You are on page 1of 2

Improvisation, Play-Building and Acting

There are many ways in which an actor can use performance skills and the elements of drama
to engage an audience and device ideas, situations and characters for the stage. When used
successfully, the elements of drama all combine to create dramatic meaning. They are the
keys that open up the understanding of dramatic action, the foundations on which the action
is built and give it its own unique shape and form. The elements of drama include; focus, role
and characterisation, tension, situation, place and time, movement, symbols and atmosphere,
and mood. Performance skills include; presence and energy. Workshop activities improve the
skills required to apply the elements of drama practically. Different workshop activities target
different skills and elements.
Every form of dramatic activity, from improvisation to a full-length play contains certain
crucial elements. If an actor can understand the elements of drama thoroughly, they will then
be able to utilize them within their piece or play correctly. This knowledge will enable them to
achieve many things that are imperative to any successful drama. They will be able to
establish and sustain focus, respond to changes in focus, establish and sustain character and
role, create and develop tension, respond to changes in tension, respond to changes in timing
and tempo, use and modify space, recognise and respond to symbols and symbolic action and
appreciate and critically evaluate dramatic action.
The performance skills of an actor are energy and presence. Having presence and confidence,
using energy in performance, building and maintaining an actor-audience relationship, having
the ability to develop and memorise words and actions and sustain character are all vital for
an actor to utilize. Having energy onstage is essential to any performance because it comes
across to an audience if you are lacking energy and the performance will be flat. This takes
away from your character and will undermine you as a believable.
Focus makes it clear, where the action is. There are two types of focus; internal and
external. Internal focus is the performers focus. Helps portray character. External focus is the
point where the dramatic action is directed. Without focus the audience can become
disengaged and lost due to the unclear direction of focus onstage.
Both role and characterisation need to be used together to establish a clear character in a
piece or play. Role includes everything about a character. Characterisation is the process of
developing the role into a complex character with personality and background.
Tension is the force that drives all drama. As tension rises and falls, it changes the way the
audience feels and different emotions are evoked.
Situations are the circumstances or predicaments which the characters find themselves in.
Characters and relationships may be affected by situations. The situation may also be created
by what the characters want and how they go about getting it. Situations make a play, and it
is different situations that keep the audience focused and intrigued. The interplay of other
elements combined can result in the creation of unique and interesting situations.
Time is when dramatic action occurs and place is where it occurs. Both of these elements are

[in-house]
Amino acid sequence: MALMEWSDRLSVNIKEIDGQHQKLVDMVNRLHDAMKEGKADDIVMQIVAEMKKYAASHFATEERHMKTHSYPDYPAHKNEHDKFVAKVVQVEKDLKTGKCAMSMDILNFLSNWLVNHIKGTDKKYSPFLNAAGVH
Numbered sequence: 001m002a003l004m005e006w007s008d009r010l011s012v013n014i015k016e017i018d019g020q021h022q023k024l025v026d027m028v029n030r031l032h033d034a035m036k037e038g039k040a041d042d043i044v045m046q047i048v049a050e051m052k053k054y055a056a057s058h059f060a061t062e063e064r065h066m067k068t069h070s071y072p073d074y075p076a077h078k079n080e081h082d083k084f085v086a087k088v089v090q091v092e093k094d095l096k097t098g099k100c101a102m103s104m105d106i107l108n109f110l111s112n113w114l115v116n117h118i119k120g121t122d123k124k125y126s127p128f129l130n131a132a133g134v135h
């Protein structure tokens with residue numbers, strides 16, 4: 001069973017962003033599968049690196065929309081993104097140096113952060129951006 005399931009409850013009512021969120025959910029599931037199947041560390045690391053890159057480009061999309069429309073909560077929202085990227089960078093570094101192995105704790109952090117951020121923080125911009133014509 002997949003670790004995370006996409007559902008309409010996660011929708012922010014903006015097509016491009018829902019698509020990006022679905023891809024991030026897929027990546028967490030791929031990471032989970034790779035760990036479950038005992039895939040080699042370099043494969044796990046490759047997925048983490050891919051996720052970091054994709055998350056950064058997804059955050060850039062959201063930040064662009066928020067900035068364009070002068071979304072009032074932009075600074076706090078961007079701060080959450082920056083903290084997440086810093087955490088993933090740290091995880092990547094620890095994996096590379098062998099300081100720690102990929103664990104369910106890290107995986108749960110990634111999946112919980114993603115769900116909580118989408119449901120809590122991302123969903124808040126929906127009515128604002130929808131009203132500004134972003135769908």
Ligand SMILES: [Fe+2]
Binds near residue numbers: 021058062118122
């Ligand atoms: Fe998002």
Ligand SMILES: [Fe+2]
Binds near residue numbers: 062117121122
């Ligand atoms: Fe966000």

imperative in drama in order to establish a clear setting and period that you are performing
in. Time and place help you to create a play that makes sense and they must be made clear in
order for the audience to follow the play and not become lost.

Movement is essential in creating drama onstage. The amount of movement creates energy
and an atmosphere on the stage. Lots of movement frantic. No movement suspense. No
movement should be done onstage without a reason or purpose behind it. You can use
movement to draw focus, create tension, build atmosphere etc.

Drama is about making meaning and whatever the form of drama, its purpose is to increase
our understanding of ourselves and our world. Meaning is created through the use of symbols.
Everything that happens onstage carries meaning; nothing in drama is done by accident or
unintentionally. Symbols help to create situations in drama and carry the meaning behind a
story; adding another layer of depth, captivating the audience even more.
Atmosphere and mood, like tension, engages the audience and evokes emotions within them.
Often related to place, atmosphere and mood help to determine what is going on in the scene.
You can use lighting, dialogue, set and costume to create mood and atmosphere.
Many of the elements of drama are linked with others and they all complement each other.
When they are used in conjunction with one another, great pieces of work are created. The
elements of drama are important in developing characters and scenes and then portraying a
performance to an audience. When we did play-building this term we used all the elements of
drama as a guide and it really helped to create scenes and different characters.
In conclusion, it is evident that there is not a need for one but all elements of drama and
performance skills to be employed by an actor in order to create situations, characters, ideas,
and to keep an audience engaged throughout a performance. Workshops, performances and
characterisation methods all help to develop the skills that are needed to use the elements of
drama and develop an actors performance skills. Play building utilizers all of these skills and
the elements of drama to create dramatic meaning and a satisfying performance.
The Crucible understanding another time and place
Wolf Lullaby Duologue tension and focus
Play building improvisation, situations and everything!